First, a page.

The defeat next month of the state proposition that seeks to prohibit same sex marriages could mean hundreds of new jobs and millions of dollars in personal, business and government revenue from same-sex weddings over the next three years in Sonoma County, according to a study released today.
The report was prepared by Sonoma State University’s Center for Regional Economic Analysis and was paid for by a grant from the Horizons Foundation, a philanthropic social justice organization serving lesbian, gay, bisexual and transgender communities in the Bay Area.
Details of the report were highlighted by Robert Eyler, Chair of Sonoma State’s Department of Economics and the Center’s director at a luncheon this afternoon attended by state and local officials and members of the No on 8 Campaign.
The report concludes 430 to 865 new jobs would be created between 2009 and 2011 from same-sex weddings in Sonoma County and new wages for new and existing workers will total $13.7-$27.6 million.
New state and local government tax and other revenue is estimated $2.4-$4.8 million and new business revenue would be $40.2-$80.7 million, according to the report.
The report estimates 1,534 same-sex couples from around the country will travel to Sonoma County to marry between 2009 and 2011. Of that number, 1,496 couples will be from California, the state with the most same sex couples.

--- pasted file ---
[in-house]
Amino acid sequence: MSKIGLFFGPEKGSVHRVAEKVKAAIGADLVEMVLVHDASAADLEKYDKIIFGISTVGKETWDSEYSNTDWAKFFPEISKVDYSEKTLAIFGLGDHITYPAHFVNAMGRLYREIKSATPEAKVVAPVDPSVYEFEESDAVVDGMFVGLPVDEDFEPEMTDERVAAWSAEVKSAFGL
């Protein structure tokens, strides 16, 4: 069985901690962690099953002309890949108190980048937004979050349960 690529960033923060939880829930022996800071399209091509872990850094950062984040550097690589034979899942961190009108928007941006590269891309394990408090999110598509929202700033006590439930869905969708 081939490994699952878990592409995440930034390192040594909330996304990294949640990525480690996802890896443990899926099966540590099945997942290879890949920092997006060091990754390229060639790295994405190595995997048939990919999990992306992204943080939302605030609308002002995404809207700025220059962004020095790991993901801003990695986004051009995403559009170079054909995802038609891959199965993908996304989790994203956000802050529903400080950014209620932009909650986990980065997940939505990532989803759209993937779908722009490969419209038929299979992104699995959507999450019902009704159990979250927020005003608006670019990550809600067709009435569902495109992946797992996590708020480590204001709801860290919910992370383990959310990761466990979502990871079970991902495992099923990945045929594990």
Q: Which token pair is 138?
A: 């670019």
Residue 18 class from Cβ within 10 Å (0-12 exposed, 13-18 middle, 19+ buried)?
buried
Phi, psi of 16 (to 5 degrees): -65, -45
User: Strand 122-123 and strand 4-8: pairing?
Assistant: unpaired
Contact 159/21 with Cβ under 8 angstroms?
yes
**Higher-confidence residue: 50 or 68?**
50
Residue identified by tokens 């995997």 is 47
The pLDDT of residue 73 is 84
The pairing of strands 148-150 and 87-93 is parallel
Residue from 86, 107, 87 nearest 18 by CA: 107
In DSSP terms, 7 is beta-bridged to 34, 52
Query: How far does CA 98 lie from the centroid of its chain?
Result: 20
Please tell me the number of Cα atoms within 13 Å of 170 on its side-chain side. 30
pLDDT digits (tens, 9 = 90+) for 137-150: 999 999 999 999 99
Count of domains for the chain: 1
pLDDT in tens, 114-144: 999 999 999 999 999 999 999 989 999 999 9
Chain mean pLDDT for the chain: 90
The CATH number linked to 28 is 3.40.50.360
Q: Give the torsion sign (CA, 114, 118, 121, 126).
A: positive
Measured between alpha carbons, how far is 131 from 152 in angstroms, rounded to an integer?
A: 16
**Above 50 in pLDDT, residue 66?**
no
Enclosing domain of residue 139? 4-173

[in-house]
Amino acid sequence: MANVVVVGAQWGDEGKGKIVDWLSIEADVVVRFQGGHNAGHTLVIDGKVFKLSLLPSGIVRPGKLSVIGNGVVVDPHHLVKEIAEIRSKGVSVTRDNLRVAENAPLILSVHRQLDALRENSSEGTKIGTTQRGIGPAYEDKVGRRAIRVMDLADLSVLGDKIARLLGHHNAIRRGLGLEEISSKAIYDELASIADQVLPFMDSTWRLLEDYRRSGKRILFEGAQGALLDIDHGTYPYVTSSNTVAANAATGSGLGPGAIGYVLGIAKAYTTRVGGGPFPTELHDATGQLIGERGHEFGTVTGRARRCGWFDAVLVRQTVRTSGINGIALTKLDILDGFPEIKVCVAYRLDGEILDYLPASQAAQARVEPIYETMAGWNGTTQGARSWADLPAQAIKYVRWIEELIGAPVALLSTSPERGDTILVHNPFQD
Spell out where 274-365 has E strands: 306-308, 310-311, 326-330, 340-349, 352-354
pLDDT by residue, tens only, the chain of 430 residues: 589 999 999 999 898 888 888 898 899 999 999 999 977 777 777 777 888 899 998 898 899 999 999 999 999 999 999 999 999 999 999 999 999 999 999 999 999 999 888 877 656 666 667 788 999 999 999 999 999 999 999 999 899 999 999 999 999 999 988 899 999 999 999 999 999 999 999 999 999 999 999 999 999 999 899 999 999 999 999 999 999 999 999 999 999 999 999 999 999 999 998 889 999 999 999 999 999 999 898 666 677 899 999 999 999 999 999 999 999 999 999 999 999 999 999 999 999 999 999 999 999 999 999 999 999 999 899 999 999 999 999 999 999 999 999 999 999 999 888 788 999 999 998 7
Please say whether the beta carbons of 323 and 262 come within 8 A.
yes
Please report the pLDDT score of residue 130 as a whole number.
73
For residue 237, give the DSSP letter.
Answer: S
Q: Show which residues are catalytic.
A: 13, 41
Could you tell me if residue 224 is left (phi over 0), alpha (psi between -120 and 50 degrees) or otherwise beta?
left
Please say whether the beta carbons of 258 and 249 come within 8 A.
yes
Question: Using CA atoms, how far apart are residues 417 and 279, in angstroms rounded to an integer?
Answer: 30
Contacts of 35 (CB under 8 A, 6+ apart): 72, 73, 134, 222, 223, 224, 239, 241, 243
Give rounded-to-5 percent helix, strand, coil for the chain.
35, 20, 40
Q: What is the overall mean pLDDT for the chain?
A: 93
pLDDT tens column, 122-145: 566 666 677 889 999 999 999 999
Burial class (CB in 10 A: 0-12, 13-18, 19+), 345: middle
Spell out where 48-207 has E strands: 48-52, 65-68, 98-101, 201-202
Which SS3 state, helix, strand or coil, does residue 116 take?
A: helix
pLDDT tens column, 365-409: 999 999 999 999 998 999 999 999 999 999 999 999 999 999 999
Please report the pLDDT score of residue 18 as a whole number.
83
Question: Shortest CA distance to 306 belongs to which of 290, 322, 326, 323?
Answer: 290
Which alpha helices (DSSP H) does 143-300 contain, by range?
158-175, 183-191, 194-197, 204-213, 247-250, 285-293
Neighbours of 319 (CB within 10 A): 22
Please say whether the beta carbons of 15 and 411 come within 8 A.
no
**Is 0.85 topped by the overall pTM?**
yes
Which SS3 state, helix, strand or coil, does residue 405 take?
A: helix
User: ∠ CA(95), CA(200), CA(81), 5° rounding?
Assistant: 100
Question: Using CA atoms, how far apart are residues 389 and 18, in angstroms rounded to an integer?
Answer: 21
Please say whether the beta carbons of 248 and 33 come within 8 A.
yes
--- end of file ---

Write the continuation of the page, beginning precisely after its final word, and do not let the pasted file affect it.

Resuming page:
“The major policy recommendation from this study is to market Sonoma County, especially its availability by air from Los Angeles, as a destination wedding location to same-sex households throughout the United States, specifically outside of California if Proposition 8 is defeated,”
“Natural tourism flows, the county’s welcoming reputation, and its desirability as a backdrop for ‘destination weddings’ could draw a certain proportion of same-sex couples to plan a wedding and reception in Sonoma County, as well as stay in local hotels, eat at local restaurants and visit local wineries and other tourist attractions,” Eyler said.
Many of the jobs that will be created are in categories that could attract Sonoma County residents who may currently be unemployed or under-employed, Eyler said.
“This is especially true for working mothers, as many of these jobs are likely to be flexible in scheduling,” Eyler said.
Tax revenues could be directed to augment social services for lower-income working families; approximately $900,000 to $1.8 million in revenue will go for human, health, police and fireMservices, according to the report.
Napa County officials also will likely react to the defeat of Proposition 8 and position their county to compete for same-sex wedding revenue, Eyler said.
Asked if the current economic and tight credit conditions would dissuade same-sex couples from traveling to Sonoma County to marry, Eyler said, “If people want to get married they will spend the money. It won’t hurt the numbers that much, if at all.”
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